HIPAA, HITECH and Economic Stimulus?

4 09 2009

One never knows these days whether legislation will contain items affecting your business and not staying informed can be costly.

The recent American Recovery and Reinvestment Act of 2009 not only addresses economic stimulus but contains powerful modifications to the HIPAA’s Privacy and Security Rules. These new regulations are known as the Health Information Technology for Economic and Clinical Health, or The HITECH Act.

From my initial research on this new legislation, the implications are far reaching for any business associated with health care organizations – think accountant, lawyer, pharmacy to name just a few. Under HITECH business partners must adhere to the same rules and regulations defined in HIPAA’s Privacy and Security rules as the healthcare organizations themselves and are subject to the same penalties. A simple example is email communication and document exchange. Exchanges between healthcare providers and their business partners containing protected health information (PHI), such as a prescription order sent by a doctor’s office to the pharmacy, must be secure and encrypted. When these new regulations become effective, communicating with business partners via standard email and FTP will not be sufficient.

How is your organization making plans to comply with the new rules?

Here are a few links I found useful for further reading:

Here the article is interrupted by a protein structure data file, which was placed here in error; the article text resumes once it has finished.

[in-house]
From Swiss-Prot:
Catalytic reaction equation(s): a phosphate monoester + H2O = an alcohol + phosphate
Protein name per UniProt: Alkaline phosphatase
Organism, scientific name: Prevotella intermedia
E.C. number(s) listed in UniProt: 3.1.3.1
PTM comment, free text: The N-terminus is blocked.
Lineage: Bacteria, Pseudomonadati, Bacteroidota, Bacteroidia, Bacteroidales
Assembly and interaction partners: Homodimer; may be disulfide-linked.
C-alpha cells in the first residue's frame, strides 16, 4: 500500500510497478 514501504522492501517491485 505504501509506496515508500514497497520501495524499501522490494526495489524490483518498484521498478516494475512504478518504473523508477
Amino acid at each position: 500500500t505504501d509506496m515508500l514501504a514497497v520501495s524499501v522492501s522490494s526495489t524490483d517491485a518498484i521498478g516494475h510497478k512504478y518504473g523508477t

http://www.hipaa.com/2009/07/transmission-security-encryption-what-to-do-and-how-to-do-it/
http://healthplans.hcpro.com/content.cfm?content_id=228444&topic=WS_HLM2_HEP
http://www.itbusinessedge.com/cm/community/features/articles/blog/hitech-act-ramps-up-hipaa-compliance-requirements/?cs=31575

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Going Social Doesn’t Need to be Risky

31 08 2009

At some point in your business day you probably check out a social networking site or two, but what are you saying? Who are you saying it to? Is it business information or just business as usual?

Social networking services like Facebook and Twitter foster a false sense of security and lead users to share information which can be used by cybercriminals and social engineers. The very concept of social networking is based on connecting and sharing, but with who?

A recent study found that many users simply accept requests to connect even if they do not know the person they are connecting with. The actual numbers found that 13% of Facebook users and a whopping 92% of Twitter users simply connect with anyone who asks.

Managed not just your profile, but your network.